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   Jun 16

New Antioxidant Research for Brain and Heart Health

Plants and animals alike have powerful, innate tools for protecting cellular health; among them are the powerful free-radical scavengers, antioxidants. Recent science reveals that many antioxidant compounds play additional, major roles in supporting cell physiology and function. Research, for instance, is now showing that a number of plant anthocyanins, compounds often associated with antioxidant benefits, support various aspects of mitochondrial function within cells, a likely mechanism for their heart-protective benefits.(1) Emerging research furthermore indicates that a number of plant-based compounds directly contribute to the maintenance of telomere length, a reliable predictor of aging and the risk of age-associated chronic diseases.(2)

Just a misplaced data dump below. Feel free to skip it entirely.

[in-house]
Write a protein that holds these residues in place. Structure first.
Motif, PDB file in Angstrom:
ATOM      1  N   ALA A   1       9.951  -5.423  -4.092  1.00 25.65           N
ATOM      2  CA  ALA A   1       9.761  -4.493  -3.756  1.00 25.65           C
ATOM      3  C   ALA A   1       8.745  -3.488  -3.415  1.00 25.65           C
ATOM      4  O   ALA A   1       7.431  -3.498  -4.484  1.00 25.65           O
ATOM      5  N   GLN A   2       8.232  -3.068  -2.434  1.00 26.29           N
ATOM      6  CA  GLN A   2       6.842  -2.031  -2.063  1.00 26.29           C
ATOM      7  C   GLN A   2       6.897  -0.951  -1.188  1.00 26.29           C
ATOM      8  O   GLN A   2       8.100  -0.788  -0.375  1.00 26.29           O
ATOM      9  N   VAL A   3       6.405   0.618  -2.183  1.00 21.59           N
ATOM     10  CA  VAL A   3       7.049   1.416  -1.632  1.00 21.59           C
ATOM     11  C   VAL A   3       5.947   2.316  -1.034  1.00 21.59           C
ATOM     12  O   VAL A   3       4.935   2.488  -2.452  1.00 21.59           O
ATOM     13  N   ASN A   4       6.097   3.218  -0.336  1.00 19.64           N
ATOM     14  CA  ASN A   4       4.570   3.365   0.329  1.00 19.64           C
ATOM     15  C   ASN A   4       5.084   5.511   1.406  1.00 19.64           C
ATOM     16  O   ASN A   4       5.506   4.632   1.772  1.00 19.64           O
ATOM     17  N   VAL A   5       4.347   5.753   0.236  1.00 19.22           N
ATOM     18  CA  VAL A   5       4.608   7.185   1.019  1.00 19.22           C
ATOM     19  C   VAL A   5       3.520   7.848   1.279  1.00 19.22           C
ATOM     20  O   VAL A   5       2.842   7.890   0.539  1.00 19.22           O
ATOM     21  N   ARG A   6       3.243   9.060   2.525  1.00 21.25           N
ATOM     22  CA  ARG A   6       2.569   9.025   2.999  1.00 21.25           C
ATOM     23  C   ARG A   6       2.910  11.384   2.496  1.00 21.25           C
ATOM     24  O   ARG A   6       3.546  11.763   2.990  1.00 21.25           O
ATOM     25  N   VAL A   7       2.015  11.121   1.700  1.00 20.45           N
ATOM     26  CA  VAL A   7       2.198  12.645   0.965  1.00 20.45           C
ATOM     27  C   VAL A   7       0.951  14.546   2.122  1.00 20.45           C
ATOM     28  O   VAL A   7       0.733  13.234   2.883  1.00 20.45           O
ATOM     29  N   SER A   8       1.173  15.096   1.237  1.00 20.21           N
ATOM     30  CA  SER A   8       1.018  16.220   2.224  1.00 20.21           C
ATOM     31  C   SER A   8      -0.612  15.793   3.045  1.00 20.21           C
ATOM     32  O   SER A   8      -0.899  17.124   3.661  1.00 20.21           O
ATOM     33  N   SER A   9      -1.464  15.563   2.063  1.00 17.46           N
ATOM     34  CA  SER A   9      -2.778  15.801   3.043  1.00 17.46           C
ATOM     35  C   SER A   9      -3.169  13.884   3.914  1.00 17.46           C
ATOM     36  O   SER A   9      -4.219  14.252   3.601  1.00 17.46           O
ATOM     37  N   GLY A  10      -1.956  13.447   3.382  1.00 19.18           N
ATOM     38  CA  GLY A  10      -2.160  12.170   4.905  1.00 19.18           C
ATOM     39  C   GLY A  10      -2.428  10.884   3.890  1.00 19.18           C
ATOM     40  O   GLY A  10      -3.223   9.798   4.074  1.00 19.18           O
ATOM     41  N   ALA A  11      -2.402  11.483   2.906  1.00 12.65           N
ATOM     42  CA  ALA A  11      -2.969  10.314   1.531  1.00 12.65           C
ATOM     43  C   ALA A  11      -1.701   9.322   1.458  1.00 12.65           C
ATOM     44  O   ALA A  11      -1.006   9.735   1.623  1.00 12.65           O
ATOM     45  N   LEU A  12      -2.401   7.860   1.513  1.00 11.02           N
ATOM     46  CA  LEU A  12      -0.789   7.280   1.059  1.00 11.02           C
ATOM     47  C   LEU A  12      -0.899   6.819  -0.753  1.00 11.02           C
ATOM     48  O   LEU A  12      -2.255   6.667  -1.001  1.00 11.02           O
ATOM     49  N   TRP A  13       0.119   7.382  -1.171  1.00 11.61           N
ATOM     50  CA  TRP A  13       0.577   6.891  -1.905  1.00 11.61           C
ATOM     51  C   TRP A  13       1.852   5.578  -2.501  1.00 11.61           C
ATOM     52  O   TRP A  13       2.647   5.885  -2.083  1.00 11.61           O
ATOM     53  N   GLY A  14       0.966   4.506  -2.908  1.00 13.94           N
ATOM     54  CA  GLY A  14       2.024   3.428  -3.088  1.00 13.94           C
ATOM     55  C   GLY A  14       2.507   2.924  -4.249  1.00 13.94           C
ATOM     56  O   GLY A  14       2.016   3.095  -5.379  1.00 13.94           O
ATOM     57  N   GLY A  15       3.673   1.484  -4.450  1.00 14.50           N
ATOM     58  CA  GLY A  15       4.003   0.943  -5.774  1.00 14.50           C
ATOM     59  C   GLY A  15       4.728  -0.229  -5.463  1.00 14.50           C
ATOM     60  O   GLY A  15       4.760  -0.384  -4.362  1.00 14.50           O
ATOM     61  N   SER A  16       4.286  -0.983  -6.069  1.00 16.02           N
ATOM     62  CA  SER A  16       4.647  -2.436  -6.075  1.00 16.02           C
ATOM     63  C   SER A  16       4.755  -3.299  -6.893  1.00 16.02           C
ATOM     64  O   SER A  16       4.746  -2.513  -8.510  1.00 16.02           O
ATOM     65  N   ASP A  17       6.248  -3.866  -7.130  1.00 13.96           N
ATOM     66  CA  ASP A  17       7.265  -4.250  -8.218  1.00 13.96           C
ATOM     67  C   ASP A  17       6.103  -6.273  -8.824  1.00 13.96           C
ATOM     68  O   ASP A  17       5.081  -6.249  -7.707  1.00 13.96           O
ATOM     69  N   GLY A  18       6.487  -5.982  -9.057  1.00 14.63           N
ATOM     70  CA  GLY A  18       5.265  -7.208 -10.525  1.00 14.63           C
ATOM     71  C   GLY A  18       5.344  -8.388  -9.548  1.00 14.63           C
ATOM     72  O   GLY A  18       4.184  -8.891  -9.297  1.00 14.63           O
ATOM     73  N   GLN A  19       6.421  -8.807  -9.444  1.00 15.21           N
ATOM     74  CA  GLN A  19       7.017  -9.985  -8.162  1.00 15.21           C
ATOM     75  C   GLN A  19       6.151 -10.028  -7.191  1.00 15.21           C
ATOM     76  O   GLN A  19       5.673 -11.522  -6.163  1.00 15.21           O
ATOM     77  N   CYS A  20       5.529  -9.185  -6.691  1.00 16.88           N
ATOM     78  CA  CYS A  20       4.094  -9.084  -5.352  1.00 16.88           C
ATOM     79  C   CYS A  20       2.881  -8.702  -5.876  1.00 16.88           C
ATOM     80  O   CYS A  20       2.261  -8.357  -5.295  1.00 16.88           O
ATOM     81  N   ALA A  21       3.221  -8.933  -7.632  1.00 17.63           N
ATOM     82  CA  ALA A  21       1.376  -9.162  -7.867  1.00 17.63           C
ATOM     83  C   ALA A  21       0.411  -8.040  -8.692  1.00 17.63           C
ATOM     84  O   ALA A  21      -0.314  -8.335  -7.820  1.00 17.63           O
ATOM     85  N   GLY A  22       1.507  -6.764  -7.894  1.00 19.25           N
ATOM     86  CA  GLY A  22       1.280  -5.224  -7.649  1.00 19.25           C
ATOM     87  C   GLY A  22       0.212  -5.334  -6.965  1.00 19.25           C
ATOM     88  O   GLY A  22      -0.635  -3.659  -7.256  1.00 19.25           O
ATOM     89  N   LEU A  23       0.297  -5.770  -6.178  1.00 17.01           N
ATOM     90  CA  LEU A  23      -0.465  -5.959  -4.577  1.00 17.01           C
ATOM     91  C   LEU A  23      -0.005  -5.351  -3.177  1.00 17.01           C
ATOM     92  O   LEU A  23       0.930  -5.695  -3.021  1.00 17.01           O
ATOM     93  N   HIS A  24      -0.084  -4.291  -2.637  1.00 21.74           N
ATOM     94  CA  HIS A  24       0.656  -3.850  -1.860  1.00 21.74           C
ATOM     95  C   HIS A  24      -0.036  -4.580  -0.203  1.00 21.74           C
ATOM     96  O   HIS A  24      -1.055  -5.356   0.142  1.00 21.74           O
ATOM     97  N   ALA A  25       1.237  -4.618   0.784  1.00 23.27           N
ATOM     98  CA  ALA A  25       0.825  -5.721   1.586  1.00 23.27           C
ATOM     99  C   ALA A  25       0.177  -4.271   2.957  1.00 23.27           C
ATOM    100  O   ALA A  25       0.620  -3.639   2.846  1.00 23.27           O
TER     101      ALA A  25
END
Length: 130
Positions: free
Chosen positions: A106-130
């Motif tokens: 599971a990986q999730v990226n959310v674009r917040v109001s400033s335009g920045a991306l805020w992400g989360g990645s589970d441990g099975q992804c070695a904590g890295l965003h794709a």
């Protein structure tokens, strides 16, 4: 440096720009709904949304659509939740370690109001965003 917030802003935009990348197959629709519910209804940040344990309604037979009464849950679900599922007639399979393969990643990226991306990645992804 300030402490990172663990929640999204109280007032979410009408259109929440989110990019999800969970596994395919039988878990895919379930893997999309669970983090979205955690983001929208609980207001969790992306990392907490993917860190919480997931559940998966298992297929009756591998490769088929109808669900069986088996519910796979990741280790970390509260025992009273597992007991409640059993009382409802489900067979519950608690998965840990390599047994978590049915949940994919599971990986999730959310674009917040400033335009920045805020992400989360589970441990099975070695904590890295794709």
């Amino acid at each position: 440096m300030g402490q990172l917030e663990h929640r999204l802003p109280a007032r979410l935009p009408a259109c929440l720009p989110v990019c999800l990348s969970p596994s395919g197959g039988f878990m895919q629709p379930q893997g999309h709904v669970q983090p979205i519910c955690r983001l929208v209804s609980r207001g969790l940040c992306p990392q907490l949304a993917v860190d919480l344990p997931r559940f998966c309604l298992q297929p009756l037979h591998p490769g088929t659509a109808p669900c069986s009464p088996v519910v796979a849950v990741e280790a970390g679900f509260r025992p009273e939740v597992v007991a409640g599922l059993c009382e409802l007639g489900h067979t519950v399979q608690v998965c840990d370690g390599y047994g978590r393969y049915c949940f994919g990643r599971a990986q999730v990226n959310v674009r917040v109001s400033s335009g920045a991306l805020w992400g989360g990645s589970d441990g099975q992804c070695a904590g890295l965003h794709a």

Whatever their mechanisms may be, ingredients falling under the antioxidant umbrella continue to show clinical benefits. New research on olive polyphenols, N-acetylcysteine, pine bark extract, and CoQ10 indicate that these ingredients support heart health, the vascular system, and the brain.

1. Liobikas J et al., “Anthocyanins in cardioprotection: A path through mitochondria,” Pharmacological Research. Published online March 30, 2016.
2. Freitas-Simoes TM et al., “Nutrients, foods, dietary patterns and telomere length: Update of epidemiological studies and randomized trials,” Metabolism, vol. 65, no. 4 (April 2016): 406–415

Source: Nutritional Outlook

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